|Boy, Snow, Bird by Helen Oyeyemi
4 out of 5 stars
BOY Novak turns twenty and decides to try for a brand-new life. Flax Hill, Massachusetts, isn’t exactly a welcoming town, but it does have the virtue of being the last stop on the bus route she took from New York. Flax Hill is also the hometown of Arturo Whitman – craftsman, widower, and father of Snow. SNOW is mild-mannered, radiant and deeply cherished – exactly the sort of little girl Boy never was, and Boy is utterly beguiled by her. If Snow displays a certain inscrutability at times, that’s simply a characteristic she shares with her father, harmless until Boy gives birth to Snow’s sister, Bird. When BIRD is born Boy is forced to re-evaluate the image Arturo’s family have presented to her, and Boy, Snow and Bird are broken apart. Sparkling with wit and vibrancy, Boy, Snow, Bird is a deeply moving novel about three women and the strange connection between them. It confirms Helen Oyeyemi’s place as one of the most original and dynamic literary voices of her generation. (Blurb from Goodreads)
I really liked this one. My advice if you read it though is to not treat it like a Snow White re-telling as the blurb of the book describes. There definitely are some elements influenced by Snow White, but if you waste too much time thinking about the comparison, you’ll miss all the good aspects of this one.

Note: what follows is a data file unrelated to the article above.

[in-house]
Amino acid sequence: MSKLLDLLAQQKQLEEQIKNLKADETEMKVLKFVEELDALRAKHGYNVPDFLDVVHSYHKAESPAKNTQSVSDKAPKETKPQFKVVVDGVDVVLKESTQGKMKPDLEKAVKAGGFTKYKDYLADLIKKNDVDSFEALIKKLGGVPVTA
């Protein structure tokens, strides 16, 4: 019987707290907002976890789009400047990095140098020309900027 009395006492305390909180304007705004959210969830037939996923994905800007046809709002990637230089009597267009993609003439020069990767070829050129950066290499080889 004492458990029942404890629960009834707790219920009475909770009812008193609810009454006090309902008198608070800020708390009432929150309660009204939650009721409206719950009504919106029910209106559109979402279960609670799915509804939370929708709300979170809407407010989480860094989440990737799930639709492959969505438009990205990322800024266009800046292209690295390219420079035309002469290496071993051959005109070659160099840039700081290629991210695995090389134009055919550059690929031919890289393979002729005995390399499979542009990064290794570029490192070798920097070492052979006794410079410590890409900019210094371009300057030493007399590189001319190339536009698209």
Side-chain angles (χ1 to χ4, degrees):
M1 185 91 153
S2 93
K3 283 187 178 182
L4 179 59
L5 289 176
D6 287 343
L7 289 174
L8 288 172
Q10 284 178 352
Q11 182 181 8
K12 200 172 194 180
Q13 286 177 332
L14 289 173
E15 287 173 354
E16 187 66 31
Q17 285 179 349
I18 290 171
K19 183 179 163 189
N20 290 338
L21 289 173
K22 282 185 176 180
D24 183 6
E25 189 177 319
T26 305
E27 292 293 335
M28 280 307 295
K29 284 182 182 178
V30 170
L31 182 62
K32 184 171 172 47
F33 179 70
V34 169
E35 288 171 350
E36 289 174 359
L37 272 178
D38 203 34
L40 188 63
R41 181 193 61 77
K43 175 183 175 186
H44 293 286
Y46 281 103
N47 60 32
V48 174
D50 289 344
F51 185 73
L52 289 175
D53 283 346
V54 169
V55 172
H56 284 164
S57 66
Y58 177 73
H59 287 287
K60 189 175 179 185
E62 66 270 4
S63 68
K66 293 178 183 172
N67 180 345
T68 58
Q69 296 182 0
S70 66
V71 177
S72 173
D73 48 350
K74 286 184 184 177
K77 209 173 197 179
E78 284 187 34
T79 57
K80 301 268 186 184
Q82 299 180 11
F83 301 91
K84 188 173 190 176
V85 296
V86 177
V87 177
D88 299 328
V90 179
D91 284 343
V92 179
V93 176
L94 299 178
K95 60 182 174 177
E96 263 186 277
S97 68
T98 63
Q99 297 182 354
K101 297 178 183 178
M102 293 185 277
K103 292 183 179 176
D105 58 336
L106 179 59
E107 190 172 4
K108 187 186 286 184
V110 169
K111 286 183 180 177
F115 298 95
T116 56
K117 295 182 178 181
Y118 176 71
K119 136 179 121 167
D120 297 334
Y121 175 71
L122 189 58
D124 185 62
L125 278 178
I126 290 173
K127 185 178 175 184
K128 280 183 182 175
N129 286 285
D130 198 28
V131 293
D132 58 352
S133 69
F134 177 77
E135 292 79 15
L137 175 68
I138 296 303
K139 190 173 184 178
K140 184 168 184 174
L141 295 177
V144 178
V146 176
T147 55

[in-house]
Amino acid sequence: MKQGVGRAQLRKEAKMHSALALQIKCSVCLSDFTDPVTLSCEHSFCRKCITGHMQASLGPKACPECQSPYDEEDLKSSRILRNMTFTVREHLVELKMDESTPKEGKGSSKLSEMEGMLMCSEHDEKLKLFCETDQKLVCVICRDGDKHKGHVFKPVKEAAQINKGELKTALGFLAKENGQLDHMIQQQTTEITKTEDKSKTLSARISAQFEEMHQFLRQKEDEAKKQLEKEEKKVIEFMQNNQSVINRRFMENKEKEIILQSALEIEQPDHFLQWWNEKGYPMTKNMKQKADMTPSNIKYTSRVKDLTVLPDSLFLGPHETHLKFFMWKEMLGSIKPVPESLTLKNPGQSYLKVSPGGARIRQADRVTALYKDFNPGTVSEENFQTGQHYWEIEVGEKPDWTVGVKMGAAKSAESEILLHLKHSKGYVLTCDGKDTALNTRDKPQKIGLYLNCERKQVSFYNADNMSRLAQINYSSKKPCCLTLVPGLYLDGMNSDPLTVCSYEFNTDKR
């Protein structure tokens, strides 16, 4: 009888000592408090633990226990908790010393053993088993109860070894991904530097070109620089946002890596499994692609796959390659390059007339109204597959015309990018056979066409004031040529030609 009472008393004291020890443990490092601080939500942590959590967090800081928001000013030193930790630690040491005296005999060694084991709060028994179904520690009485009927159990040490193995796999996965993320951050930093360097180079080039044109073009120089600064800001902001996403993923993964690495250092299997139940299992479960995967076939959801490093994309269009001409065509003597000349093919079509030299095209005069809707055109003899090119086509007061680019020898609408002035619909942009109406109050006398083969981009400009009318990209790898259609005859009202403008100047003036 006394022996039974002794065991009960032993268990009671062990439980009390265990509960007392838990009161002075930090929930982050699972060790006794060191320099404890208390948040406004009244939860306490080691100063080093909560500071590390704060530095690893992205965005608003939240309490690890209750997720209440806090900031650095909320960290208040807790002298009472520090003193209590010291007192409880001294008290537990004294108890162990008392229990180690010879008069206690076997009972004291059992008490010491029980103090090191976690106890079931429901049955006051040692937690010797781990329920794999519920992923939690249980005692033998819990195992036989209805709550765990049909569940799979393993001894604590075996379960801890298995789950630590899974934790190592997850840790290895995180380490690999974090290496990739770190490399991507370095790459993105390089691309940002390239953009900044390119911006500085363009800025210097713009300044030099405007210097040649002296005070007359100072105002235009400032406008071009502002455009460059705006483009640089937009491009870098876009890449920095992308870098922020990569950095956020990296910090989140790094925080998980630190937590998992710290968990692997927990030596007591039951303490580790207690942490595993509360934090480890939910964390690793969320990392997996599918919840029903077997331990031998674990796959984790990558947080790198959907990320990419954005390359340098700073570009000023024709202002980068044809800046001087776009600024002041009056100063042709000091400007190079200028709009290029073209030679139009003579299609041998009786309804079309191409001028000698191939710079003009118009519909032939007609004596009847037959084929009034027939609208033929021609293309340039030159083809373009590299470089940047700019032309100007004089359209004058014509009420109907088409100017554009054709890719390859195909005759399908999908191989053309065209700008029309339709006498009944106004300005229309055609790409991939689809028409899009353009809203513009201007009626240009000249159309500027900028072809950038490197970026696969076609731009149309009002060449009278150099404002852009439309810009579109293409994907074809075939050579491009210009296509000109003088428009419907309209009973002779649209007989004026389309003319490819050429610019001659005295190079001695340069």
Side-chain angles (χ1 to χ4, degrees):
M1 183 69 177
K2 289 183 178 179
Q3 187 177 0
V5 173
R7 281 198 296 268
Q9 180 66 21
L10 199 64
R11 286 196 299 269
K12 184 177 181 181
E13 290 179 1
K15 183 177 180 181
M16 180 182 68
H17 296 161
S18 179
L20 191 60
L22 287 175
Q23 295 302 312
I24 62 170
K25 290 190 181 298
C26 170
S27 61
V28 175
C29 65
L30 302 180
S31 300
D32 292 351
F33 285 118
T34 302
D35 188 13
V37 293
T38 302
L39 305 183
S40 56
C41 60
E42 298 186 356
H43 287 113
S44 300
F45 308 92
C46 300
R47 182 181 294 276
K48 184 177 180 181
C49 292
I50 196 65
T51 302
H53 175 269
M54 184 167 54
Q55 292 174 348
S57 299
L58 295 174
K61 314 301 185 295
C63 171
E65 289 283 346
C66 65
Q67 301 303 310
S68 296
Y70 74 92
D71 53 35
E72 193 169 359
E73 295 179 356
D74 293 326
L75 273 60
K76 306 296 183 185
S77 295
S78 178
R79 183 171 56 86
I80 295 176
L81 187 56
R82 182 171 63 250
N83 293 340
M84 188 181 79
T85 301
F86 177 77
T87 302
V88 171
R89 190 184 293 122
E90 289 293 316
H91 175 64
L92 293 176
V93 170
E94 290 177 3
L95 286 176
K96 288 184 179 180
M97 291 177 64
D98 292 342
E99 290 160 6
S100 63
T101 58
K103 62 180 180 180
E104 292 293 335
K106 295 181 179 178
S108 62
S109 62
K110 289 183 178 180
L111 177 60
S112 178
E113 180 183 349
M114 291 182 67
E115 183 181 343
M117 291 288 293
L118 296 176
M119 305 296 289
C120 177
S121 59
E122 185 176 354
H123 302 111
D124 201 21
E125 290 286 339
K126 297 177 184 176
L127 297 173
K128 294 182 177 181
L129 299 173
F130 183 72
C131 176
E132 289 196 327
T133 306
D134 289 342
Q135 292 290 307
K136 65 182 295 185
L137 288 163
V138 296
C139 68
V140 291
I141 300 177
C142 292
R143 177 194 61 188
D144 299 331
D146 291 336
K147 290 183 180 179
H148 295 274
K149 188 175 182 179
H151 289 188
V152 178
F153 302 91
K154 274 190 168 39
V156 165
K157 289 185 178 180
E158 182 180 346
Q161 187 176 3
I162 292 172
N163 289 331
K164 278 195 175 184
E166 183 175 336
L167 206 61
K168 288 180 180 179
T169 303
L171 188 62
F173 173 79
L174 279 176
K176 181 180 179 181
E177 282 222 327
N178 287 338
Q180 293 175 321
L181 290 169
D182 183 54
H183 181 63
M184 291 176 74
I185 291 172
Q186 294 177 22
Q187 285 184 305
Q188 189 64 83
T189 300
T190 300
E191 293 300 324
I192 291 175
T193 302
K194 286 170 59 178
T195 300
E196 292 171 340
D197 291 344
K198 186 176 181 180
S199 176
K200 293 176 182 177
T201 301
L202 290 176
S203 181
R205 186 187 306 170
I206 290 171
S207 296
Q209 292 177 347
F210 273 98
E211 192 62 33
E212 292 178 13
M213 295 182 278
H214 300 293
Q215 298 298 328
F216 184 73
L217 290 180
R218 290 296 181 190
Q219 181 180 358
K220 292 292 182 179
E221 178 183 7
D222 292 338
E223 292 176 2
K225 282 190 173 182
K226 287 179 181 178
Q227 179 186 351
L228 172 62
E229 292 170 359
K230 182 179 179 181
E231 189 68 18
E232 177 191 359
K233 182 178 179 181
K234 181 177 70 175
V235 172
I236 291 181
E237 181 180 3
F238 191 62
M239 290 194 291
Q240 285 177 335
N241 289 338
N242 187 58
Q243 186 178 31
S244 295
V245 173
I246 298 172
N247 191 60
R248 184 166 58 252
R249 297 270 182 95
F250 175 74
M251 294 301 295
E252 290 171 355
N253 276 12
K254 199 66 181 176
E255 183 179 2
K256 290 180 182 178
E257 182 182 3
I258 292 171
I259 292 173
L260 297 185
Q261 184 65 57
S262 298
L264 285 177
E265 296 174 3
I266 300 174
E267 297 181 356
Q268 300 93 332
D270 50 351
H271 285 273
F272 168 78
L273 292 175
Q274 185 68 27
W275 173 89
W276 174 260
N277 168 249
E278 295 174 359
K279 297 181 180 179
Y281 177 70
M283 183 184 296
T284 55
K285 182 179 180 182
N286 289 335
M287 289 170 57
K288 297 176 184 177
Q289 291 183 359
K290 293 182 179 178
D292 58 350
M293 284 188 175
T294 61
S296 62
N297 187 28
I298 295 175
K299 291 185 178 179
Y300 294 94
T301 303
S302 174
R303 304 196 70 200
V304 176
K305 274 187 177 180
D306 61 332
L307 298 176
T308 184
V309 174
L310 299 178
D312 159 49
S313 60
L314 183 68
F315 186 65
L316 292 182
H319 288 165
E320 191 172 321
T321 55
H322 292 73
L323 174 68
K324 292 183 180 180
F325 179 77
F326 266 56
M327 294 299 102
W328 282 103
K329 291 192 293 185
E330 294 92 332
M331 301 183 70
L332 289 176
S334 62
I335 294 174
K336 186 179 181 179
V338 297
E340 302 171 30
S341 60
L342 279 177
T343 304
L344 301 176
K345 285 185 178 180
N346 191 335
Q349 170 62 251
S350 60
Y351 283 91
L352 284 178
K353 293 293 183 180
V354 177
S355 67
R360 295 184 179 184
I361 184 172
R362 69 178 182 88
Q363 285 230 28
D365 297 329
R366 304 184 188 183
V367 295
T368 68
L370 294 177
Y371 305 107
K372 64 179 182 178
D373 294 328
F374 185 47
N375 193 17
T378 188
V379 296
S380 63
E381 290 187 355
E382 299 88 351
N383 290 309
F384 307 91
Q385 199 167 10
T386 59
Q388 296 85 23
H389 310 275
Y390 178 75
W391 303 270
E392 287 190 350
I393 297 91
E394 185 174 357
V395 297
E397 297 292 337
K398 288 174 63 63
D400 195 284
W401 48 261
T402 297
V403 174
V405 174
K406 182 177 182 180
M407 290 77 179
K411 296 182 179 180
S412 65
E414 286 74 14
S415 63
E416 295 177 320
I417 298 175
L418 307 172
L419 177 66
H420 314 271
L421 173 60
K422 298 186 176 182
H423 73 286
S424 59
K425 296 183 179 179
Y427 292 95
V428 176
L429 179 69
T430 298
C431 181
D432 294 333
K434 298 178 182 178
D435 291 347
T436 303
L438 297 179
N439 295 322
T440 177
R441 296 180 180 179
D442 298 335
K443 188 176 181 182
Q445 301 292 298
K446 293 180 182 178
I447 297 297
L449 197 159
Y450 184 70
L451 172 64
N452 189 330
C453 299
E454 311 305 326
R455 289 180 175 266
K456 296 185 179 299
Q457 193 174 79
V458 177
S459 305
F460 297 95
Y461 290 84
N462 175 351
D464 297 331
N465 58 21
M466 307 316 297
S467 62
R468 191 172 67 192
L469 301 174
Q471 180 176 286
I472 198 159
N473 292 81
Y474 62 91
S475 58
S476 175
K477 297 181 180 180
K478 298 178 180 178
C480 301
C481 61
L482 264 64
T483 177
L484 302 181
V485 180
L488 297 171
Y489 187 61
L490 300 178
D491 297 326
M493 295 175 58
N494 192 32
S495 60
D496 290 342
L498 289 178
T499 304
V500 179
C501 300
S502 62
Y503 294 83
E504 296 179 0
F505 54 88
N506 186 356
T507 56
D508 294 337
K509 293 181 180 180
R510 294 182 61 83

I got very invested in Boy, who escapes life with her abusive father in New York to live in Flax Hill, Massachusetts. She eventually marries the widowed jewelry maker Arturo Whitman. She is not desperately in love, but Arturo’s daughter Snow is so endearing. A few months into her marriage though, a secret comes out that has Boy sending Snow away from them to live with Arturo’s sister.
This is a good book if you like lyrical language that still sounds realistic. The two dual protagonists (one is Boy, to say or explain who the other one is would ruin a bit of the surprise) both have voices that felt genuine to me. Boy, especially. I haven’t read an opening of a novel that got hooked me right away in a while so I was so happy when I picked this up at random at the bookstore and bought it right away.
“Nobody ever warned me about mirrors, so for many years I was fond of them, and believed them to be trustworthy…”
I do think the novel loses steam in the second half. And there is a second twist to the novel that takes place right at the end that has very little impact. Overall, I think the ending of the novel is the weakest part of the book.
Still, I breezed through this book. It felt like a great story paired with great writing. Both protagonists felt just complicated enough without any kind of overdramatic or tortured soul-type of over-exaggeration. I’d read a short story by Oyeyemi that was just as good so she’ll definitely be an author I revisit.